return obj;
}
Rob.


Works in general. But this way I have a function call, not direct access. In
my special situation direct access to the variable is necessary. It is
called '_' and I want to use it for function arguments in special
situations, like A( _ , 1 ) and not A( _(), 1). Thus your solution does not
work for me. I'm afraid, IMO there is no solution.

regards,
alex

Jul 22 '05 #8
Alexander Stippler <st**@mathematik.uni-ulm.de> wrote in message news:<41******@news.uni-ulm.de>...
Rob Williscroft wrote:
Alexander Stippler wrote in news:41******@news.uni-ulm.de in
comp.lang.c++:
Rob Williscroft wrote:

Alexander Stippler wrote in news:41******@news.uni-ulm.de in
comp.lang.c++:

> Hello,
>
> I have written a little library which consists of template functions
> and classes (99%) and two non-template classes. I'd appreciate very
> much if I could use the library by only including some header files
> without having to deal with building and linking a library or object
> files. Are there any tricks how this can be achieved?
> I guess not, but perhaps you know better.
/snip/
I have only one global variable, which I do not want to give any dummy
template parameter. Just an instantiation of a non-template class.
It's only this one object which forces the creation of a library. Any
workaround?

inline non_template &object()
{
static non_template obj = non_template();
return obj;
}
Rob.


That's neat :)
Works in general. But this way I have a function call, not direct access. In
my special situation direct access to the variable is necessary. It is
called '_' and I want to use it for function arguments in special
situations, like A( _ , 1 ) and not A( _(), 1). Thus your solution does not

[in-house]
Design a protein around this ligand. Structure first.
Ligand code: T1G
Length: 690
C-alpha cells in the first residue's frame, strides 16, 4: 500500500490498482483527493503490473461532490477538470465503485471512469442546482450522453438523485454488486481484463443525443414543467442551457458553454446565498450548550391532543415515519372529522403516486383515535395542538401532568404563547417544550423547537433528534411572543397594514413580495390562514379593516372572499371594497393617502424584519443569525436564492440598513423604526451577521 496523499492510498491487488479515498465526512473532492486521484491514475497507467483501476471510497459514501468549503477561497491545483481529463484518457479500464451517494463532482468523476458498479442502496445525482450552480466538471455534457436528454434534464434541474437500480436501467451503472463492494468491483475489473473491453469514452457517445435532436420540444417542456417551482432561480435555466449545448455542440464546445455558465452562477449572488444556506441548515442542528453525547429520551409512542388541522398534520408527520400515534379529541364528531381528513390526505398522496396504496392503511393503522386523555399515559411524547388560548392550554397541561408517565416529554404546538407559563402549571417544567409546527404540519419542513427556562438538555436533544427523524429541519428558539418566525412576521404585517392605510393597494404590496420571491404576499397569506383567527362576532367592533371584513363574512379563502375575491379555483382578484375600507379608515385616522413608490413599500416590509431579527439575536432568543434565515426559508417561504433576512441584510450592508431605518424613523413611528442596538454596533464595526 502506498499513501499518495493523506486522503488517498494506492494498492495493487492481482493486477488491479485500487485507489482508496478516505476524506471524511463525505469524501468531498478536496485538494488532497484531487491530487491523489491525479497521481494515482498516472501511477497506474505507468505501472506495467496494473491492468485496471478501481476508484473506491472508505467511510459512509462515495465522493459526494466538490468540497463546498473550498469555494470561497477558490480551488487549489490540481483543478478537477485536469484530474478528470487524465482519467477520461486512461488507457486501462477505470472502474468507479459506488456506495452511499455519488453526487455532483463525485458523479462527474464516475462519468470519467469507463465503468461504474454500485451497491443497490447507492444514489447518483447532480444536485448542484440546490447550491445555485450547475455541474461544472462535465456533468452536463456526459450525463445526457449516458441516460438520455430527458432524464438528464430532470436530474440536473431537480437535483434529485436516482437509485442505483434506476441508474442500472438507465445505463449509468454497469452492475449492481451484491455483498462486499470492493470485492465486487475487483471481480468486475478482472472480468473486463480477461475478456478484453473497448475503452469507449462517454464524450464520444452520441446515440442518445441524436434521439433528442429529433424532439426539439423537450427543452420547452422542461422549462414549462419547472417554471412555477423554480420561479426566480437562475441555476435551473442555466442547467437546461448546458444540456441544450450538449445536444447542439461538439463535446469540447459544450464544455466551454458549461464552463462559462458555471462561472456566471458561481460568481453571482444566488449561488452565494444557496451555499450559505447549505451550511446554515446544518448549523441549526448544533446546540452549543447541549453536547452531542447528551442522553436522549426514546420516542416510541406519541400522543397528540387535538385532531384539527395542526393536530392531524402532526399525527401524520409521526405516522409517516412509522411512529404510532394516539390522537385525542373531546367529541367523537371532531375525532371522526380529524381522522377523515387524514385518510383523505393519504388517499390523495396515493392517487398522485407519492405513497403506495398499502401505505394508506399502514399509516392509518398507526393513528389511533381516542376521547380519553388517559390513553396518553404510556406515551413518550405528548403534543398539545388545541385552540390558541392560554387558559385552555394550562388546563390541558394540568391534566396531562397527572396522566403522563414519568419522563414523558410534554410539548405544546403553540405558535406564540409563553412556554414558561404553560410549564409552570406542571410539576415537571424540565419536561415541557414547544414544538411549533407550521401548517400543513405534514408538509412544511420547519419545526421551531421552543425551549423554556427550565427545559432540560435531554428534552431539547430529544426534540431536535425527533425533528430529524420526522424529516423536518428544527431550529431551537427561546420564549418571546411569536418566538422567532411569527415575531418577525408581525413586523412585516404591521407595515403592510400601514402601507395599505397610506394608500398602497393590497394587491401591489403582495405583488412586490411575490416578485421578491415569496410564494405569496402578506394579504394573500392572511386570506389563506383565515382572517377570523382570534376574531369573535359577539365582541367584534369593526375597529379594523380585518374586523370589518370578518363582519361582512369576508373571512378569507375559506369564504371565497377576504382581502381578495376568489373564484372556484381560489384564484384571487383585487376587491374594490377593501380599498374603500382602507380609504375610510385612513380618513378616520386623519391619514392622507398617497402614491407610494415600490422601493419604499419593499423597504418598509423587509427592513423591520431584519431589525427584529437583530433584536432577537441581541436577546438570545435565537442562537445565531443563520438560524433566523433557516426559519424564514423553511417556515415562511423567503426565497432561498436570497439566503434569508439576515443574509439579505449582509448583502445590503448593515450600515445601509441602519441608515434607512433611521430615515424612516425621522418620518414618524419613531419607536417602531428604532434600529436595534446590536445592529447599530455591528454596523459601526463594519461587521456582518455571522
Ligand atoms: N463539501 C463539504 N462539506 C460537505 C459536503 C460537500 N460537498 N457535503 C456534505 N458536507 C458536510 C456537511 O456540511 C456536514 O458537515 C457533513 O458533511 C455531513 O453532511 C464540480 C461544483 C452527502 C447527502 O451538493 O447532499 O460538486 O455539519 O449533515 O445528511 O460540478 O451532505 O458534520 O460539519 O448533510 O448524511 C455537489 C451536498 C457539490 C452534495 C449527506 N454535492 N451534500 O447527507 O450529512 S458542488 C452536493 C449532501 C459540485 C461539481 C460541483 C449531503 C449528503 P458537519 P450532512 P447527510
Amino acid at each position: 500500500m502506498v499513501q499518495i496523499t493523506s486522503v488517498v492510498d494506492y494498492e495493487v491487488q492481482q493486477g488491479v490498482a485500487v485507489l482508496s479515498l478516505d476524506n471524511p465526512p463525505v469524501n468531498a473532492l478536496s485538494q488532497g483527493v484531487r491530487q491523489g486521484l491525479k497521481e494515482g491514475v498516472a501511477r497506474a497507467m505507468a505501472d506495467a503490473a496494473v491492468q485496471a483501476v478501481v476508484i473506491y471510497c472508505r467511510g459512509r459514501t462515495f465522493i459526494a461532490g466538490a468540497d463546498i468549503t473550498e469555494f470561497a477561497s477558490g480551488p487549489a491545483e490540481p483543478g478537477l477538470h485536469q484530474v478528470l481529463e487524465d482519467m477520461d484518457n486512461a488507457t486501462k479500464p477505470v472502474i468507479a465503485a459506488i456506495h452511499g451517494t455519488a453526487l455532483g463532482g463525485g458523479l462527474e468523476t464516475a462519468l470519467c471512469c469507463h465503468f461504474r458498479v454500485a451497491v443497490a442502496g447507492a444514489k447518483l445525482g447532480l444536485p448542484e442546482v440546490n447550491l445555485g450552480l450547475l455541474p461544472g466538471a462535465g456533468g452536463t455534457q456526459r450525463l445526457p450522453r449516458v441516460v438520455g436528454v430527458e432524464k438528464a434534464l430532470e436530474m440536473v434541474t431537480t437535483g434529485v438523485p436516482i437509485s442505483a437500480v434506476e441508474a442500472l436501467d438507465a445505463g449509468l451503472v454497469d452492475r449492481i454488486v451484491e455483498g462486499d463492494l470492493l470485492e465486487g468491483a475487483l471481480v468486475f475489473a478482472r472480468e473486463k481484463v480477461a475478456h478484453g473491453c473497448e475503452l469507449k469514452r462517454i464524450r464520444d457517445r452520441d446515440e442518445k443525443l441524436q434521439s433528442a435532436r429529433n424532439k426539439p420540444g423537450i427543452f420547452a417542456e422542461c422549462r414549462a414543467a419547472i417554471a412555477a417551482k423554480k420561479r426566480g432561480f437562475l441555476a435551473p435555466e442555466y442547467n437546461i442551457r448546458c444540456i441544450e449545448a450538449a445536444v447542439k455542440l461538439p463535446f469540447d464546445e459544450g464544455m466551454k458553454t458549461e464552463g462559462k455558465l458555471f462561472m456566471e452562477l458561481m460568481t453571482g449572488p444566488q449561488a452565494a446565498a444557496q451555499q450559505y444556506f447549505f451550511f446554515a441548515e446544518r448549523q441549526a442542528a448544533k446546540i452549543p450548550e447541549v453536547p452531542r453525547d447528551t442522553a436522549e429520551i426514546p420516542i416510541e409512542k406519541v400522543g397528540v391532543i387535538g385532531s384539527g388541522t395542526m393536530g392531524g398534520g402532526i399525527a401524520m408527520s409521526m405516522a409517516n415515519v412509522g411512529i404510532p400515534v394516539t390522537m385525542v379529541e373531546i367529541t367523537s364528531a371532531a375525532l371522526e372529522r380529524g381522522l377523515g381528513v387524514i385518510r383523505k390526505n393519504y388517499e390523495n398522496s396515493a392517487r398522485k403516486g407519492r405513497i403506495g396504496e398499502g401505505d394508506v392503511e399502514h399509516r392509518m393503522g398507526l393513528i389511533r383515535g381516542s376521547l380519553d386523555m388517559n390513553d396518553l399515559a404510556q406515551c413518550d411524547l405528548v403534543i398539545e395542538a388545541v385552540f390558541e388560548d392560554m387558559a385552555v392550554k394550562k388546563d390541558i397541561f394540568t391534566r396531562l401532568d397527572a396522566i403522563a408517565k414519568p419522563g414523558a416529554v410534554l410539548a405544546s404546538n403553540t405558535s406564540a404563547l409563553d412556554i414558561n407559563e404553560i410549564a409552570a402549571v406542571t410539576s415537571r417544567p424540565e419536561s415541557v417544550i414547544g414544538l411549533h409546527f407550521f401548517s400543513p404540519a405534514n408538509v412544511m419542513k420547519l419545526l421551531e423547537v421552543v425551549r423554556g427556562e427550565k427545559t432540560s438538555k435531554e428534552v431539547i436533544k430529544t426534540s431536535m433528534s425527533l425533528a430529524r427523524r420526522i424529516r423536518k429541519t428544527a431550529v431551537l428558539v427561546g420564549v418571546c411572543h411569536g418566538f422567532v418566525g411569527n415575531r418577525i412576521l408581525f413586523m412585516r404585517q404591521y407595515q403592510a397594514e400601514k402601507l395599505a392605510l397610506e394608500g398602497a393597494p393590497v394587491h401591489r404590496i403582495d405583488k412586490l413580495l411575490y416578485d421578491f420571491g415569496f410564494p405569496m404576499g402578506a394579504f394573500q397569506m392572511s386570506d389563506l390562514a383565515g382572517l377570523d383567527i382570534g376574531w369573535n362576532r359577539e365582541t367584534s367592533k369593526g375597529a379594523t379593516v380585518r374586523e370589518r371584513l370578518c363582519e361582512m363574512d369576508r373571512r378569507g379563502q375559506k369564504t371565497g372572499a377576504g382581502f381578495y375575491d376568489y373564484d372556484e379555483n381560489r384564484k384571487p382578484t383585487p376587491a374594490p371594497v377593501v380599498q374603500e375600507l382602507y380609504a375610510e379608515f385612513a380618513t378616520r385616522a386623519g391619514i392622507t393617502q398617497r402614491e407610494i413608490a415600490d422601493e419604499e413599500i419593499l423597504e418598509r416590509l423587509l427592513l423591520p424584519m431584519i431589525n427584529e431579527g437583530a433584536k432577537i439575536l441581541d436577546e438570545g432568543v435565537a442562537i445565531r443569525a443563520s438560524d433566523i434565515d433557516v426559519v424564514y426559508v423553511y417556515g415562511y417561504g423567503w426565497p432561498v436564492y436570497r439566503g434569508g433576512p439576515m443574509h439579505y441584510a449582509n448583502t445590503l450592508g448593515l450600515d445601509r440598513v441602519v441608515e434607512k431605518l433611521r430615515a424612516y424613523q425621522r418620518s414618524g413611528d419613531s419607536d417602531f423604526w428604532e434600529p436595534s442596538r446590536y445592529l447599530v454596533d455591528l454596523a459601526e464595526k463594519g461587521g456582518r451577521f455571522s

work for me. I'm afraid, IMO there is no solution.


What exactly is the problem with declaring your object "extern"?

Regards,

--
Lionel B
Jul 22 '05 #9
Lionel B wrote:
Alexander Stippler <st**@mathematik.uni-ulm.de> wrote in message
news:<41******@news.uni-ulm.de>...
Rob Williscroft wrote:
> Alexander Stippler wrote in news:41******@news.uni-ulm.de in
> comp.lang.c++:
>
>> Rob Williscroft wrote:
>>
>>> Alexander Stippler wrote in news:41******@news.uni-ulm.de in
>>> comp.lang.c++:
>>>
>>>> Hello,
>>>>
>>>> I have written a little library which consists of template functions
>>>> and classes (99%) and two non-template classes. I'd appreciate very
>>>> much if I could use the library by only including some header files
>>>> without having to deal with building and linking a library or object
>>>> files. Are there any tricks how this can be achieved?
>>>> I guess not, but perhaps you know better.
/snip/
>> I have only one global variable, which I do not want to give any dummy
>> template parameter. Just an instantiation of a non-template class.
>> It's only this one object which forces the creation of a library. Any
>> workaround?
>>
>
> inline non_template &object()
> {
> static non_template obj = non_template();
> return obj;
> }
>
>
> Rob.